David Moreno works with hundreds of small steel rods and pieces of piano strings and builds heavy sculptures that look like 2D sketches. His work is usually centered around a structure or line of houses, such as buildings. Each work of art is designed to look like a random collection of sticks, of fragile appearance. Moreno himself refers to this process as literally “trying to draw sculptures.”
Continue reading Trying to draw sculptures
American cave sculptor Ra Paulette digs into hillsides to sculpt elaborate artistic spaces inside mountains. Since he began sculpting in 1990, he has dug over a dozen caves in New Mexico. He works with hand tools only, such as shovels, pick axes, and scrapers. Paulette created Windows of the Earth Shrine in northern New Mexico for a resort north of Santa Fe. The current resort and retreat center, Origin at Rancho de San Juan, provides the public with the opportunity to view and visit the cave sanctuary on guided, docent led tours, by appointment. Day visitors and overnight guests can hike a third of a mile, enjoy the view, and step inside the sandstone cave space to meditate, journal, enjoy the art, experience a sound bath with crystal singing bowls, or even hold a wedding photo shoot. The shrine took Paulette two and a half years to complete.
info source: wikipedia
By Max shred – Canon Digital Camera, CC BY-SA 3.0, Link
Continue reading Ra Paulette’s Hand-Carved Caves
“My fountains spread the pure joy of life, combining the element of water with the raw material – bronze.” Malgorzata has been sculpting for 30 years. It takes her up to 2-6 months to complete each sculpture. The creation of this stunning artwork starts by modelling it out of clay. Then to turn it into fountain, the sculptor pours these sculptures into bronze. Finally, water adds the element of motion.
Museum of the Moon is a new touring artwork by UK artist Luke Jerram. Measuring seven meters in diameter, the moon features 120dpi detailed NASA imagery of the lunar surface. At an approximate scale of 1:500,000, each centimeter of the internally lit spherical sculpture represents 5km of the moon’s surface. The installation is a fusion of lunar imagery, moonlight and surround sound composition created by BAFTA and Ivor Novello award winning composer Dan Jones. Each venue also programs their own series lunar inspired events beneath the moon.
By User:Jgrimmer – Photo taken by original uploader, Public Domain, Link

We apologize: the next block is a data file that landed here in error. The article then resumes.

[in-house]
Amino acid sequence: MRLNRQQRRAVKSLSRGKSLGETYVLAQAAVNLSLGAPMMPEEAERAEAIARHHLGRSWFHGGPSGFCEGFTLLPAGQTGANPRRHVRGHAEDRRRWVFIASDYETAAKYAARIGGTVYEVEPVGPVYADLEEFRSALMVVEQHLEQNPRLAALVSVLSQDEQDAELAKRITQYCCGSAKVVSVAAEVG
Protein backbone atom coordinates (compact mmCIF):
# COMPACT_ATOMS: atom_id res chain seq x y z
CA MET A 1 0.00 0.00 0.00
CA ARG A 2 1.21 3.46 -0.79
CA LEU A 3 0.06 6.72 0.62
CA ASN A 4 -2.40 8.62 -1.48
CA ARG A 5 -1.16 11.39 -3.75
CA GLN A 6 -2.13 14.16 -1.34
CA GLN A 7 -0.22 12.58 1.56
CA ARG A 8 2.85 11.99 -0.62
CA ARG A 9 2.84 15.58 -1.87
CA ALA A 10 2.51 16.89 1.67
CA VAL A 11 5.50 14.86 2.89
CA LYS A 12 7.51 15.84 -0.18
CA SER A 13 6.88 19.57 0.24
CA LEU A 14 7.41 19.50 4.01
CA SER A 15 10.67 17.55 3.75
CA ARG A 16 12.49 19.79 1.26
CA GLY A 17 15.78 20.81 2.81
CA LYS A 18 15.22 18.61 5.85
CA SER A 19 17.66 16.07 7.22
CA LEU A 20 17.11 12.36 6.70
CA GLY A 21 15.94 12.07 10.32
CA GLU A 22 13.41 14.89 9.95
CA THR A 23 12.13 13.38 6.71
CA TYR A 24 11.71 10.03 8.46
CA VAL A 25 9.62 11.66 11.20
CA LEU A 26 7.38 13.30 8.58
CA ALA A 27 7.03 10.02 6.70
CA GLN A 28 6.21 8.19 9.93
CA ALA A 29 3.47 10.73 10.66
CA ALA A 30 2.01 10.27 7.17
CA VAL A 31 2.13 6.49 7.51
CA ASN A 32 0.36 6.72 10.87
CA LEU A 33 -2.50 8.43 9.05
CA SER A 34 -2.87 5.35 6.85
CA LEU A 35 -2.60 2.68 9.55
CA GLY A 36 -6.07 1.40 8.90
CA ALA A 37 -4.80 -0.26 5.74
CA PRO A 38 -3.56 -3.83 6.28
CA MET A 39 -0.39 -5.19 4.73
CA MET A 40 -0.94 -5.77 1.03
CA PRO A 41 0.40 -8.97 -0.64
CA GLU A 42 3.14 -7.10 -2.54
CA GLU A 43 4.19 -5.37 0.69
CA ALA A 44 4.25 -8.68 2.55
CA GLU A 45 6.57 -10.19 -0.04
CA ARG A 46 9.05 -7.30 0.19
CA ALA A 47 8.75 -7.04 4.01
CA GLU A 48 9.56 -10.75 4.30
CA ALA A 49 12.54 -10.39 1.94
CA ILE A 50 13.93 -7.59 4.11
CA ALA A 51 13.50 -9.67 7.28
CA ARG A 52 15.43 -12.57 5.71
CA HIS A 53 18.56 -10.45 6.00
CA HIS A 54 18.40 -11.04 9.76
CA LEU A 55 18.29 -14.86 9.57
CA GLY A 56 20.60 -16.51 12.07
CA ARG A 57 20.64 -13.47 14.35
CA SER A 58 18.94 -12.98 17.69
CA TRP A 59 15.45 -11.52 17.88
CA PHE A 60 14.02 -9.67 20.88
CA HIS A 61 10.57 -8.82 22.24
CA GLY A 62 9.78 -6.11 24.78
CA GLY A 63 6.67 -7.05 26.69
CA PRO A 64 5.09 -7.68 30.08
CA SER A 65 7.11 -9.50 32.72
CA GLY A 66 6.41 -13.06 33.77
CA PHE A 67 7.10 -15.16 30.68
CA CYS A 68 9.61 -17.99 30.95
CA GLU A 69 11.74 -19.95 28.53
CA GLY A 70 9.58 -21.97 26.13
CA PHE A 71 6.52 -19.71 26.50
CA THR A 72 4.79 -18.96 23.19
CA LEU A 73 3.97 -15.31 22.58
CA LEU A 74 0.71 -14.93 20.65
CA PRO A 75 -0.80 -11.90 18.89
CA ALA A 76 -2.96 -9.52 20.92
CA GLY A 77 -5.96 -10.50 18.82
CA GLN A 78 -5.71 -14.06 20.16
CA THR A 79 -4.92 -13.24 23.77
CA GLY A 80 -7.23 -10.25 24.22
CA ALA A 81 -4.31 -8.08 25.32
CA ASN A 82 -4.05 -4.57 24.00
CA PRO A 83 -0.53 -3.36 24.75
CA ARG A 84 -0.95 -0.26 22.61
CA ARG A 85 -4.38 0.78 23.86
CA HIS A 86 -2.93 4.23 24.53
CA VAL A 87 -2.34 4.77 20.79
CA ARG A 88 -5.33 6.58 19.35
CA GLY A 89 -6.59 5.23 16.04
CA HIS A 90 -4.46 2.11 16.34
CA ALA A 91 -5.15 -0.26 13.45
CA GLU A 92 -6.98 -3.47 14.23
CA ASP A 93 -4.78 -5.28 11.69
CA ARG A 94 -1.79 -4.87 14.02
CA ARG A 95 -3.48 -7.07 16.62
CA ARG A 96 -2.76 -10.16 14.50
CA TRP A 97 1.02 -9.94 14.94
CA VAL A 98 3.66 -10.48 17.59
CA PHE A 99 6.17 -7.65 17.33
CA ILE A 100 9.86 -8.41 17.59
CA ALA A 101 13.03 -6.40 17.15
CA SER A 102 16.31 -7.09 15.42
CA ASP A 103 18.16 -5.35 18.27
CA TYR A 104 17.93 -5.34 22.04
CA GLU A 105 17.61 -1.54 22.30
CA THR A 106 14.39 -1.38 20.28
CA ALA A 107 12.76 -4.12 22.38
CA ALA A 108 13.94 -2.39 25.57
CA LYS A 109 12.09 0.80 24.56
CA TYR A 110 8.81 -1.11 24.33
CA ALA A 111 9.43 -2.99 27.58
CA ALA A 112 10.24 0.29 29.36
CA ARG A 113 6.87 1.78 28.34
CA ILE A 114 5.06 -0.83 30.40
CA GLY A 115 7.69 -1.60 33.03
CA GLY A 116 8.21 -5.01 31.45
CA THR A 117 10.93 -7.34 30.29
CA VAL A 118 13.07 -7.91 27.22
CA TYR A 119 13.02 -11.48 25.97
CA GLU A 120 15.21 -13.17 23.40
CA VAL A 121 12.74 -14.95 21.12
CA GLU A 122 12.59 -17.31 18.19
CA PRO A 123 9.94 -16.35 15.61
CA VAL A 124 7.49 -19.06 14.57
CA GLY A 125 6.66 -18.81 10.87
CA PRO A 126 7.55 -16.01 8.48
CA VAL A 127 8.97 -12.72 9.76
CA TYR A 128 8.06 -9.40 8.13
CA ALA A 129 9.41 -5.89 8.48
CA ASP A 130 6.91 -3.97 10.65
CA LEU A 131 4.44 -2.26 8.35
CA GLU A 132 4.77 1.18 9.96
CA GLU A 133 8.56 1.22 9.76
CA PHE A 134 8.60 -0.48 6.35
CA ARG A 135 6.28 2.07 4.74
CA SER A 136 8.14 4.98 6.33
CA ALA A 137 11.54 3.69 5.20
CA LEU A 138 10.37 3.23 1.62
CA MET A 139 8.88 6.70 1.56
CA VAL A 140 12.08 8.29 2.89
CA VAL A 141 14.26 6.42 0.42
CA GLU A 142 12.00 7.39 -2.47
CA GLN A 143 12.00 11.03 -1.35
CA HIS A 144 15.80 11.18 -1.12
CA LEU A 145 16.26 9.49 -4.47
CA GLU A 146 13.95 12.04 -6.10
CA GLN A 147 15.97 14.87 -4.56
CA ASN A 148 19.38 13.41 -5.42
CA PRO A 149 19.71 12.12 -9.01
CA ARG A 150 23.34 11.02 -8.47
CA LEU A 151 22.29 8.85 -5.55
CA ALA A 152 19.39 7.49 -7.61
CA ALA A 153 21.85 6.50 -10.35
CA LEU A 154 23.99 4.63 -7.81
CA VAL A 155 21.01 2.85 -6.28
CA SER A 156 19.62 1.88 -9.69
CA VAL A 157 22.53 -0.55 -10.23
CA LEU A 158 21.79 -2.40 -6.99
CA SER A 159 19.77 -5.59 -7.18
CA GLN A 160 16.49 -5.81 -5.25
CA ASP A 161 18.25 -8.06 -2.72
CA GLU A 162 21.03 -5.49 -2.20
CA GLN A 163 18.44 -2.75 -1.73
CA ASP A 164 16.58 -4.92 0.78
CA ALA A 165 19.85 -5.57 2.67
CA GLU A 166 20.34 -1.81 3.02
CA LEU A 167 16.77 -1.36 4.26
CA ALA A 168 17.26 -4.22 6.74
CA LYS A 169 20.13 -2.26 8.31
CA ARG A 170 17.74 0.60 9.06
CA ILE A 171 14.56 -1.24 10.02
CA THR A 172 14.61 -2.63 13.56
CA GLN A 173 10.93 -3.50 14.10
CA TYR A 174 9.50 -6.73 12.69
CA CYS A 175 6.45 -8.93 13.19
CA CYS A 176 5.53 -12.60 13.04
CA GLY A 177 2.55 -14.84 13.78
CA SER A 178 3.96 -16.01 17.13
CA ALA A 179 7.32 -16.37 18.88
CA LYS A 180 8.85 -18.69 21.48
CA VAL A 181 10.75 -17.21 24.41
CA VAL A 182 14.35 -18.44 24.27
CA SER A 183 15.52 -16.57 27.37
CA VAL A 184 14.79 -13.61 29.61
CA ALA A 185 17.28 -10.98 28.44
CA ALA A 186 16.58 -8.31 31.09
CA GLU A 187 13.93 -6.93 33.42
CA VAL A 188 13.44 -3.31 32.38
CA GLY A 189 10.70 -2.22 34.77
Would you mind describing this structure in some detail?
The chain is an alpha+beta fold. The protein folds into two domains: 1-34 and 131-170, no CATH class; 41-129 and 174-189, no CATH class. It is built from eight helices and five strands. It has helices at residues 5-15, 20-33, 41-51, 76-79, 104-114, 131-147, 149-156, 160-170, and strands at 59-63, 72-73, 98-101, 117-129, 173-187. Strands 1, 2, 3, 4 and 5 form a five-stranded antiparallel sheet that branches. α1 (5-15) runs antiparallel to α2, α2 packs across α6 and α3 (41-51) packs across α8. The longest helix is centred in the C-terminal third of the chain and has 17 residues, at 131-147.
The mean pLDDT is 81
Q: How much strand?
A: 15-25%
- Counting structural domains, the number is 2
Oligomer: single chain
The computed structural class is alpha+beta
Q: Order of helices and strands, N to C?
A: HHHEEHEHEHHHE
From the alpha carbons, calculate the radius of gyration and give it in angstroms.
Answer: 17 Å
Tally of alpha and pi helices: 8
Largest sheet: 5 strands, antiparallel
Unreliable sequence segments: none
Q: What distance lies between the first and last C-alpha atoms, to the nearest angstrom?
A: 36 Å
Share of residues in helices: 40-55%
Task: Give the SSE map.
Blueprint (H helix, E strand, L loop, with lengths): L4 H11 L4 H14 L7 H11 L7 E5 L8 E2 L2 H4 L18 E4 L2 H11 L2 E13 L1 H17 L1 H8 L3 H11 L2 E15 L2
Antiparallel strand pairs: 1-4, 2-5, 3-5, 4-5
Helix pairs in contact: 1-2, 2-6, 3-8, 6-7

Glass fishing floats were once used by fishermen in many parts of the world to keep the nets from sinking. Though the floats are often associated with Japan, they were invented in Norway in 1842. Christopher Faye, a Norwegian merchant from Bergen, is credited with their invention and many of them can still be found in local boathouses. From the mid-1800s to the mid-1900s, floats were made of colorful blown glass. These glass floats are no longer used by fishermen, but many of them are still afloat in the world’s oceans, primarily the Pacific.
Although the number of glass floats is decreasing steadily, occasional storms or certain tidal conditions can bring them ashore. They most often end up on the beaches of Alaska, Washington or Oregon in the United States, Taiwan or Canada.
Continue reading Gems of the ocean: Glass fishing floats
By AlejandroLinaresGarcia [CC BY-SA 4.0], from Wikimedia Commons
The Night of the Radishes is an annual event in the city of Oaxaca, Mexico, dedicated to the carving of oversized radishes to create scenes that compete for prizes in various categories. The event has its origins in the colonial period when radishes were introduced by the Spanish. Oaxaca has a long wood carving tradition and farmers began carving radishes into figures as a way to attract customers’ attention at the Christmas market, which was held in the main square on December 23. In 1897, the city created the formal competition. As the city has grown, the city has had to dedicate land to the growing of the radishes used for the event, supervising their growth and distribution to competitors.
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